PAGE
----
A Voice for a Crying Afghanistan

Democracy Review

This essay is part of The Mantle's series Against Censorship.


Speech, New York City, October 25, 2009*

First, I would like to thank my publisher, Simon & Schuster, for bringing my book to American and Canadian readers. I would also like to thank each and every one of you for attending this book launch.

Before I talk about my crying country, let me tell you why I decided to write A Woman Among Warlords. In the past few years, many supporters from different countries asked me to share my experiences to more people by writing a book. There are three reasons why I accepted to write this book:

First, I accepted it was time to tell the truth, because in a war-torn country like Afghanistan, the first casualty is the truth, and those who are in power still betray the truth.

My second and most important reason was to tear off the masks of warlords, drug lords and criminals who, after the 9/11 tragedy, came to power wearing the mask of democracy with the support of the U.S. and its allies.

The third reason was to just reflect the tip of the iceberg, the pains and sorrows of my people. However, I believe that the tragedies of Afghanistan are so much and the crimes committed against them uncountable, that one book is not enough. My co-author, Mr. Darrick Okafee, told me that my experiences alone growing up in a generation of war would require four books! So, we had to cut down a large number of my stories and accounts in order to fit in one book.

Mainstream media has always tried to tell lies and throw dust in the eyes of democratic people of the world. Therefore, this book not only tells about my war-stricken people, but also about the realities of the so-called “war on terror” by U.S. and NATO forces.

Also, we have seen some Westerners who pay a visit to Kabul’s green zone in their bullet-proof vehicles, meet few officials or the puppet regime, and some pro-warlord men and women of the parliament, and then claim their pro-war statements represent the “public opinion” of the Afghan people—I think this is an insult to our people.

In this book you can read some very depressing stories of some girls who have been raped. The number of rape and violence cases is at its peak. One of the main reasons of the current catastrophic situation of Afghanistan is the U.S.-backed Northern Alliance that consists of brothers-in-creed of those in the Taliban. The U.S. government and their allies occupied under the slogans of “democracy,” “human rights,” and “women’s rights,” but in fact they have betrayed these values by imposing such sworn enemies onto my people and pushing us from the frying pan into the fire.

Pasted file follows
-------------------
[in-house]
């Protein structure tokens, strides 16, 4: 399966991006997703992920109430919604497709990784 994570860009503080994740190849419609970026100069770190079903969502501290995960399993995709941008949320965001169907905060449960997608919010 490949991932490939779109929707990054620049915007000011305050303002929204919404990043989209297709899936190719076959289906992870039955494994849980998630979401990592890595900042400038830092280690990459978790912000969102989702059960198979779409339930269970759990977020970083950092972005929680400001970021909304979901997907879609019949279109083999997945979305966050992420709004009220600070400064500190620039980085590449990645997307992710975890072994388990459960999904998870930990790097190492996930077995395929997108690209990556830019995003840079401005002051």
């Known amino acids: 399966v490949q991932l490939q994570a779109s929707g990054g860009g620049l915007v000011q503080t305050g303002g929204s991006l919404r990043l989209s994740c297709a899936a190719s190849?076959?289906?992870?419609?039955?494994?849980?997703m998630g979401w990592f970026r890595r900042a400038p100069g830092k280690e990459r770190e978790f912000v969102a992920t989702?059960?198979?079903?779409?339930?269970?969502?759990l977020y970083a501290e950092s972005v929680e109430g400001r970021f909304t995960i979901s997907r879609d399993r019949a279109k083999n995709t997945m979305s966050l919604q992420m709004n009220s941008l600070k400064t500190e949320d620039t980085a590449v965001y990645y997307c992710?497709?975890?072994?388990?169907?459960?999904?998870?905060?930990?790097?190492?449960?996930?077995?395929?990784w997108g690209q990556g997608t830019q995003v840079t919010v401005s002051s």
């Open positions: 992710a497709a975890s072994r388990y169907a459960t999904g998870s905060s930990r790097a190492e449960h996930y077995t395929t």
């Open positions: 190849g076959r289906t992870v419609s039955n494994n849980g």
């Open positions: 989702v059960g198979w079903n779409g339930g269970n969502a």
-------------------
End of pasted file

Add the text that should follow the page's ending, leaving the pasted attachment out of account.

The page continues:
The women’s rights situation is as catastrophic as it was under the Taliban. The level of self-immolation among afghan women has gone awfully high.

Rapes, kidnappings, acid attacks, domestic violence and the murder of women are increasing rapidly. Most women in many provinces are living in hell and are treated as less than human—the killing of a woman is like the killing a bird. Unfortunately the true picture of the horrible suffering of Afghan people—and especially its forgotten women—are not reflected in the world media. Instead, the mainstream media sells lies under the name of truth. Truth is always suppressed and threatened.

Only two days ago I received a report that a five year old girl named Fazila was kidnapped and then murdered in Sari Pul Province.

Despite wide coverage of their crimes by Human Rights Watch and Amnesty International, these misogynist warlords are trying to make their crimes legal. For instance, the recent disgusting law of the Shia fundamentalist against Shia women is quite similar like Taliban’s rules. One article of this law is enough to prove this: women are banned to go out or to work or to visit the doctor without the permission of their husbands! Despite national and international condemnation, this law has been passed and even signed by Afghan president Hamid Karzai.

Today, most of the men and women of my country do not have freedom at all, and millions suffer from injustice, insecurity, poverty, corruption and joblessness. I think this point is enough to know about the bitter realities of my country: after seven years, the U.S, and its allies have changed Afghanistan into a center of drugs—today Afghanistan produces 93% of world’s opium which has found its way even to the streets of the U.S. and Europe. I think opium is more dangerous than the Taliban because after 9/11, not only the Taliban became more powerful, but also my country is now a mafia state run by powerful drug lords. Even the brother of Hamid Karzai, Ahmad Wali Karzai is a famous drug-trafficker. I think opium is not only dangerous for Afghanistan, but also a threat to the world. I believe that if U.S. policies continue like this, the opium will find a way to your city too and destroy your youth’s life as well. According to a survey, alone USD 500 million goes in the Taliban’s pocket annually from this dirty business. From 2001 until now, it has increased by around 4500%.

To find out about the ongoing catastrophe of Afghanistan, it is enough to know that in the Human Development Index released by United Nations Development Programme a few days ago, Afghanistan is ranked 181 out of 182 countries. Afghanistan’s ranking drops every year despite the fact the over USD 36 billion of aid has been received in the past 8 years; but pennies were actually spent for the benefit of our people. The U.S. government alone spends USD 165 million every day on its war in Afghanistan; this money could change Afghanistan into a heaven if it was really spent on a right direction.